# Differentiating $\nu = \dfrac{c}{\lambda}$

I am currently studying Laser Systems Engineering by Keith Kasunic. Chapter 1.2.1 Temporal Coherence says the following:

The coherence time $$\tau_c$$ over which the emitted wavelengths are considered to be in phase – that is, are temporally coherent – thus depends inversely on the absolute value of the wavelength difference $$\vert \Delta \lambda \vert$$ or frequency difference $$\Delta \nu = c \vert \Delta \lambda \vert / \lambda^2$$ [from differentiating Eq. (1.1)]: $$\tau_c \approx \dfrac{1}{2 \vert \Delta \nu \vert} = \dfrac{1}{2c} \dfrac{\lambda^2_o}{\vert \Delta \lambda \vert} \ \ \ \ \ \text{[sec]} \tag{1.3}$$ clearly showing that a narrow-spectrum laser with small $$\Delta \nu$$ has a longer time over which different frequencies propagate before they are no longer considered to be in phase. Typical numbers for a HeNe laser are used for interferometric optical testing are a coherence time $$\tau_c = 0.33$$ nsec and a coherence length $$d_c = c \tau_c = 100$$ mm for a linewidth $$\Delta \lambda = 2$$ pm (see Table 1.3). Note that the results shown in Fig. 1.11(b) – where the different wavelengths are out of phase at a time $$t \approx 10^{-8}$$ sec – are not consistent with the estimates from Eq. (1.3), as the equation assumes that $$\Delta \lambda$$ is small in comparison with the center wavelength $$\lambda_o$$.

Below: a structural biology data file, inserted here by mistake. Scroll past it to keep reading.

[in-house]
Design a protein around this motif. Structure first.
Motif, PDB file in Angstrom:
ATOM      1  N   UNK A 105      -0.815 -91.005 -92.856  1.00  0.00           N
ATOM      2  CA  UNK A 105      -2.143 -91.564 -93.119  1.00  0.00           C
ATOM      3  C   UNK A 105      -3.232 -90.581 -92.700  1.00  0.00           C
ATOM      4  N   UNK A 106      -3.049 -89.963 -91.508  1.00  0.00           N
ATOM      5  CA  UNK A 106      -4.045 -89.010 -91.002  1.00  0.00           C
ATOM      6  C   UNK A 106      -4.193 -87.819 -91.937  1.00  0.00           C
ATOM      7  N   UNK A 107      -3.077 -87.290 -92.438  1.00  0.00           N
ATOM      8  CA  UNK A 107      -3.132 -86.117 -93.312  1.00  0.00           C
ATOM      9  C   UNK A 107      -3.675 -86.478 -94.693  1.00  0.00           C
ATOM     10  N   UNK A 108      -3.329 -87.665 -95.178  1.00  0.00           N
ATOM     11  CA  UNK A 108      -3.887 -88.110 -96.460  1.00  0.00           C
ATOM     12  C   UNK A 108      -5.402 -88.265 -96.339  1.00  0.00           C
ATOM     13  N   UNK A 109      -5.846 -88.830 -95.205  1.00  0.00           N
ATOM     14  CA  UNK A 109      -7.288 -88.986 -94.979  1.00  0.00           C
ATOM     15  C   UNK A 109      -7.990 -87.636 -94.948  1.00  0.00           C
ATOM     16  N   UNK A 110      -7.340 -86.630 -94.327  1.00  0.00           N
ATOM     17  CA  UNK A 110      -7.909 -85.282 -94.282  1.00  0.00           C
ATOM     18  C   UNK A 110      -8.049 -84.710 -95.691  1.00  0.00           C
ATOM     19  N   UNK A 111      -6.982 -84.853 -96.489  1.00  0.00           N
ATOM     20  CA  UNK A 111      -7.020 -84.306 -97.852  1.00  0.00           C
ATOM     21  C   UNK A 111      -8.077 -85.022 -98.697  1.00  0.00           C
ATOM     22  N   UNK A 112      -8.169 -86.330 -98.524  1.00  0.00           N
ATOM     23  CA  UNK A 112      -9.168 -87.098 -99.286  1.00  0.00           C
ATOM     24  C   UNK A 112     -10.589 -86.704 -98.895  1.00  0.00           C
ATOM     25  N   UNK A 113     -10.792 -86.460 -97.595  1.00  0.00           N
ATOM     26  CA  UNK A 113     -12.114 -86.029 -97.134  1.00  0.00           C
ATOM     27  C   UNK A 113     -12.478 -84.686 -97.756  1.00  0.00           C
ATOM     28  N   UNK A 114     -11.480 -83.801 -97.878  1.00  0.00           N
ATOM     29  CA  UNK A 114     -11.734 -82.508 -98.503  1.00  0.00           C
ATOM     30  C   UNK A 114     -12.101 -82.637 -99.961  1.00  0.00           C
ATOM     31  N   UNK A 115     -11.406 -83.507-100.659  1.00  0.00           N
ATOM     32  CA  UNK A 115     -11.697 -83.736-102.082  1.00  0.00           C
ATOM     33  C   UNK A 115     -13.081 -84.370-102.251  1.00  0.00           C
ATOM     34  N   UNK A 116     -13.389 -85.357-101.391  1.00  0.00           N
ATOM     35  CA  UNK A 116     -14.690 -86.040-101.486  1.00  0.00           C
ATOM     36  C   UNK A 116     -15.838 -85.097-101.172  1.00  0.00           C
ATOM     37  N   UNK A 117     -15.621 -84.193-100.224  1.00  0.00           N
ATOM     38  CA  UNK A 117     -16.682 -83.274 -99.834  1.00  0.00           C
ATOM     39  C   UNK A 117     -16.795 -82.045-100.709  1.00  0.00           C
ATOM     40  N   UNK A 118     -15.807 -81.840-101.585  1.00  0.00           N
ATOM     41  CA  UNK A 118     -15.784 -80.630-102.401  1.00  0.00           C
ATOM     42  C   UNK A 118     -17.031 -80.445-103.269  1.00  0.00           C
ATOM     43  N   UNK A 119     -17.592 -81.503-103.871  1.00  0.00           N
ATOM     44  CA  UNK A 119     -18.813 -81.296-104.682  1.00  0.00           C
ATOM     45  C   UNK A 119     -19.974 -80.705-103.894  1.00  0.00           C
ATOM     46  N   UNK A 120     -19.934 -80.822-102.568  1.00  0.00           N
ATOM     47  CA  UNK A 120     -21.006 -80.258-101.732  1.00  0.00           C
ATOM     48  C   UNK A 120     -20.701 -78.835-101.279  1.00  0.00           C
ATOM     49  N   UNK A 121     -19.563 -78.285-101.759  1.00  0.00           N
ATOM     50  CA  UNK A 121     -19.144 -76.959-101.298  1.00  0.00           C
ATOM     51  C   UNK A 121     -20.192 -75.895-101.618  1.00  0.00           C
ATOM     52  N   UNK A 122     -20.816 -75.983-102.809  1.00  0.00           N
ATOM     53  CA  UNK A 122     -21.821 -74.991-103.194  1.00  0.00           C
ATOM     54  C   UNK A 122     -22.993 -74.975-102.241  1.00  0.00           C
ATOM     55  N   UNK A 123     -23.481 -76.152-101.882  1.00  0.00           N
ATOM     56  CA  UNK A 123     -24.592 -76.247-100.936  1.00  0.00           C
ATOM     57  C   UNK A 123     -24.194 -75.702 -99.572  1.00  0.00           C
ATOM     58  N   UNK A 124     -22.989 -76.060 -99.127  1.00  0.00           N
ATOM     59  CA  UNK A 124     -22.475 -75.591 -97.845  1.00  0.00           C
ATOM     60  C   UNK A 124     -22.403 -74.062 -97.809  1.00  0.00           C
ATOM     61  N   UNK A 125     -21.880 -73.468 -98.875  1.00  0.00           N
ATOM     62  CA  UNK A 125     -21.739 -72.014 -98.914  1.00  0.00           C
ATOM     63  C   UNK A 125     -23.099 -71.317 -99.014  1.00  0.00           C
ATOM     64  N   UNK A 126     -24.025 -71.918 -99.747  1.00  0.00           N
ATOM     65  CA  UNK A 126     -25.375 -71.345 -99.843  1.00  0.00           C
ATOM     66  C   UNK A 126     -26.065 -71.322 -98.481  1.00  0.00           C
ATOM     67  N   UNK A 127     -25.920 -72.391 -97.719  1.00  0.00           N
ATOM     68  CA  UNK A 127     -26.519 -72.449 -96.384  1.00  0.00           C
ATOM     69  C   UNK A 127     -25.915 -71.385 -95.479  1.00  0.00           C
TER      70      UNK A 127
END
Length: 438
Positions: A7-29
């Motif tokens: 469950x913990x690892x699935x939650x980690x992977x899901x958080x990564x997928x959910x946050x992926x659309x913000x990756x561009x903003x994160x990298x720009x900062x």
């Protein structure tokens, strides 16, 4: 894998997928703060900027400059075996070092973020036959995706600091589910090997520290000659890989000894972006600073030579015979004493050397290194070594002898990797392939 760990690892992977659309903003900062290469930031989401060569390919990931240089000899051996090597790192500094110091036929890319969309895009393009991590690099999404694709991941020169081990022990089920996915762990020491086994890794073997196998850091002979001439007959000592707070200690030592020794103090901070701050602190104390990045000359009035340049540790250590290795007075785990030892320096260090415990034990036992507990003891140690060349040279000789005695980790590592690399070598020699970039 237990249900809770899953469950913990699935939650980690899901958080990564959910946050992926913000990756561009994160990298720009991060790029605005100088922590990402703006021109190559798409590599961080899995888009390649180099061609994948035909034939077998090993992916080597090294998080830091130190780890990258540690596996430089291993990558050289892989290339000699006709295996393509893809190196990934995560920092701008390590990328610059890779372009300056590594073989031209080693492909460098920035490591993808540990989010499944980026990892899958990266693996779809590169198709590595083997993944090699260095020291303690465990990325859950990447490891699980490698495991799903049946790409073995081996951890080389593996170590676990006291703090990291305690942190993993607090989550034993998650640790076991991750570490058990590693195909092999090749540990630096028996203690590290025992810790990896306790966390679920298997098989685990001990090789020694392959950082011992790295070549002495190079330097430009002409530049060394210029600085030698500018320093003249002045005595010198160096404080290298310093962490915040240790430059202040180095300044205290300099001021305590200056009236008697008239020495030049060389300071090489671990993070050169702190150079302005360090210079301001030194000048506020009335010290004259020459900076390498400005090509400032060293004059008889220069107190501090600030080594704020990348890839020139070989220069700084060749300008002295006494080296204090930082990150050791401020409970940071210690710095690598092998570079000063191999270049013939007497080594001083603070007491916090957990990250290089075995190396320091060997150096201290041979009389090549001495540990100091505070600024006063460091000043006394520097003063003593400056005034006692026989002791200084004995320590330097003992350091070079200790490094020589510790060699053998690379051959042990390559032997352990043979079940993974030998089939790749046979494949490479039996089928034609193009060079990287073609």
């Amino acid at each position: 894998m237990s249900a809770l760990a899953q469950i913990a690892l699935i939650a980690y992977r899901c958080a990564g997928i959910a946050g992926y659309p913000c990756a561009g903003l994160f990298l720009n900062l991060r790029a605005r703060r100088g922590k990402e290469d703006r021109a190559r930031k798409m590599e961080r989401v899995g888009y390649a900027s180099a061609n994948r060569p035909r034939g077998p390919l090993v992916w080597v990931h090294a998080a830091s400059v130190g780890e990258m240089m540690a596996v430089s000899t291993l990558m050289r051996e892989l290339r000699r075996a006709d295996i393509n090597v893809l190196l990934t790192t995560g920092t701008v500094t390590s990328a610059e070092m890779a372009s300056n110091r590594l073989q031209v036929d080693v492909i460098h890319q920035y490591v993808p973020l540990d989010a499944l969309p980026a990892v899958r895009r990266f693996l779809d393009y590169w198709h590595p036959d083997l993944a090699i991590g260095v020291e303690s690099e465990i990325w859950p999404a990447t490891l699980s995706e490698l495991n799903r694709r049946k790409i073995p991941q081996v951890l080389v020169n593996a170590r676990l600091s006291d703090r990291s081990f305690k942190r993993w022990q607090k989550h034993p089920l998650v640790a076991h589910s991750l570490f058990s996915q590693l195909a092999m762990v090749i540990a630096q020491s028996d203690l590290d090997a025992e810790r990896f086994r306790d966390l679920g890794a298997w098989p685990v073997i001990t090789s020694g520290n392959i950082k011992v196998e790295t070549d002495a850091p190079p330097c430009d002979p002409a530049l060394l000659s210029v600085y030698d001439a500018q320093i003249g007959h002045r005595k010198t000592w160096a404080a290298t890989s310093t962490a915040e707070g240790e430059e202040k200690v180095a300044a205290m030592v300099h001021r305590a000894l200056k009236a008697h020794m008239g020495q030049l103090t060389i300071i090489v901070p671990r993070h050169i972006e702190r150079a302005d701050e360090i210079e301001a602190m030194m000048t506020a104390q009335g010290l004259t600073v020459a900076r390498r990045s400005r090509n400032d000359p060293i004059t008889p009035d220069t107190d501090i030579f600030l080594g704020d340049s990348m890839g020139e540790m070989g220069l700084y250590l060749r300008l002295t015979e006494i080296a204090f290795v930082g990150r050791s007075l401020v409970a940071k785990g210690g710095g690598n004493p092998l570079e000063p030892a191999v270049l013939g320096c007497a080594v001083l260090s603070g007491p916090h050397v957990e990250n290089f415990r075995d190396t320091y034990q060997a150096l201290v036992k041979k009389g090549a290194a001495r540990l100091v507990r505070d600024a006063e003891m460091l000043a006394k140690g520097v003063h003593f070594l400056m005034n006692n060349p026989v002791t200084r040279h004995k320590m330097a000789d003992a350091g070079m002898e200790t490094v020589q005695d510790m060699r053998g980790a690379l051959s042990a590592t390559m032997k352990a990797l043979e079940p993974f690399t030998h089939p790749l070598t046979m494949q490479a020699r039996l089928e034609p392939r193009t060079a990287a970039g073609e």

Eq. (1.1) is given as follows:

A laser is a source of both light and heat. Light is an electromagnetic wave with a wavelength $$\lambda$$ and frequency $$\nu$$ with energy propagating at the speed of light $$c$$ in a vacuum: $$\nu = \dfrac{c}{\lambda} \ \ \ \ \ \text{[Hz]} \tag{1.1}$$

How does differentiating $$\nu = \dfrac{c}{\lambda}$$ get us (1.3)? I don't even understand how this is a function in the first place, since $$c$$ is just the speed of light in vacuum and $$\lambda$$ is the wavelength.

$$\nu=\frac{c}{\lambda}$$
$$\frac{d\nu}{d\lambda}=-\frac{c}{\lambda^2}$$ $$\frac{\Delta \nu}{\Delta \lambda}=-\frac{c}{\lambda^2}$$ $$|\Delta \nu|=\frac{c}{\lambda^2}|\Delta\lambda|$$